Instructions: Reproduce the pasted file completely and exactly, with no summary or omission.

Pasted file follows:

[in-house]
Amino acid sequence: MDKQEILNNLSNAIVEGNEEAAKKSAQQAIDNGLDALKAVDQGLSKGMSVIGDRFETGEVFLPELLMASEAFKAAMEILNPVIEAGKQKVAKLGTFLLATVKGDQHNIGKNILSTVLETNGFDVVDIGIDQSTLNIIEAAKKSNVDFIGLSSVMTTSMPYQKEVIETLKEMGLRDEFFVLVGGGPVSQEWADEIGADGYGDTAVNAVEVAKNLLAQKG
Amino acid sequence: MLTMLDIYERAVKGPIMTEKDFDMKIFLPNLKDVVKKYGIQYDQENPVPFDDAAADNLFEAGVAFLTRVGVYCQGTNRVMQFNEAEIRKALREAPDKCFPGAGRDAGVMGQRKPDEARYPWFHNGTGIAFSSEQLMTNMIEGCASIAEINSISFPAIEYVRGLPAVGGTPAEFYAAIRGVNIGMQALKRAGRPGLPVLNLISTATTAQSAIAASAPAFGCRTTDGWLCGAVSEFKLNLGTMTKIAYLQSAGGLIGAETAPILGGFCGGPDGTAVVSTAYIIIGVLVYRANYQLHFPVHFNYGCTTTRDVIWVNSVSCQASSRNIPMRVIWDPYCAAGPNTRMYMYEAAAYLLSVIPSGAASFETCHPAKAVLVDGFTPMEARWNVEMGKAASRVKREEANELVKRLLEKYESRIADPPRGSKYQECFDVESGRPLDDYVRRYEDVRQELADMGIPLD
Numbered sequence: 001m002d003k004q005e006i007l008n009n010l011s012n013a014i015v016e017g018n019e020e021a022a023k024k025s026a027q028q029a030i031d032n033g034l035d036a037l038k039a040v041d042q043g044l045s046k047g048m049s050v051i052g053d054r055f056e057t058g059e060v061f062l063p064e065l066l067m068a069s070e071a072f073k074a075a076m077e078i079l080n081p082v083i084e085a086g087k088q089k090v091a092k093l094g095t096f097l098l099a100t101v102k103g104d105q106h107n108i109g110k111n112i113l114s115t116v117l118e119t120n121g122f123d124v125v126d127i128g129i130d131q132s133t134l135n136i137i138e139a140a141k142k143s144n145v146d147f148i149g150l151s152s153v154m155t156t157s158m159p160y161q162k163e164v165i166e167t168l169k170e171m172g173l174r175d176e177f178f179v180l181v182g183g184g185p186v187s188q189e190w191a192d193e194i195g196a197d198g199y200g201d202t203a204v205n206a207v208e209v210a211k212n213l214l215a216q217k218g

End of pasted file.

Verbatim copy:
[in-house]
Amino acid sequence: MDKQEILNNLSNAIVEGNEEAAKKSAQQAIDNGLDALKAVDQGLSKGMSVIGDRFETGEVFLPELLMASEAFKAAMEILNPVIEAGKQKVAKLGTFLLATVKGDQHNIGKNILSTVLETNGFDVVDIGIDQSTLNIIEAAKKSNVDFIGLSSVMTTSMPYQKEVIETLKEMGLRDEFFVLVGGGPVSQEWADEIGADGYGDTAVNAVEVAKNLLAQKG
Amino acid sequence: MLTMLDIYERAVKGPIMTEKDFDMKIFLPNLKDVVKKYGIQYDQENPVPFDDAAADNLFEAGVAFLTRVGVYCQGTNRVMQFNEAEIRKALREAPDKCFPGAGRDAGVMGQRKPDEARYPWFHNGTGIAFSSEQLMTNMIEGCASIAEINSISFPAIEYVRGLPAVGGTPAEFYAAIRGVNIGMQALKRAGRPGLPVLNLISTATTAQSAIAASAPAFGCRTTDGWLCGAVSEFKLNLGTMTKIAYLQSAGGLIGAETAPILGGFCGGPDGTAVVSTAYIIIGVLVYRANYQLHFPVHFNYGCTTTRDVIWVNSVSCQASSRNIPMRVIWDPYCAAGPNTRMYMYEAAAYLLSVIPSGAASFETCHPAKAVLVDGFTPMEARWNVEMGKAASRVKREEANELVKRLLEKYESRIADPPRGSKYQECFDVESGRPLDDYVRRYEDVRQELADMGIPLD
Numbered sequence: 001m002d003k004q005e006i007l008n009n010l011s012n013a014i015v016e017g018n019e020e021a022a023k024k025s026a027q028q029a030i031d032n033g034l035d036a037l038k039a040v041d042q043g044l045s046k047g048m049s050v051i052g053d054r055f056e057t058g059e060v061f062l063p064e065l066l067m068a069s070e071a072f073k074a075a076m077e078i079l080n081p082v083i084e085a086g087k088q089k090v091a092k093l094g095t096f097l098l099a100t101v102k103g104d105q106h107n108i109g110k111n112i113l114s115t116v117l118e119t120n121g122f123d124v125v126d127i128g129i130d131q132s133t134l135n136i137i138e139a140a141k142k143s144n145v146d147f148i149g150l151s152s153v154m155t156t157s158m159p160y161q162k163e164v165i166e167t168l169k170e171m172g173l174r175d176e177f178f179v180l181v182g183g184g185p186v187s188q189e190w191a192d193e194i195g196a197d198g199y200g201d202t203a204v205n206a207v208e209v210a211k212n213l214l215a216q217k218g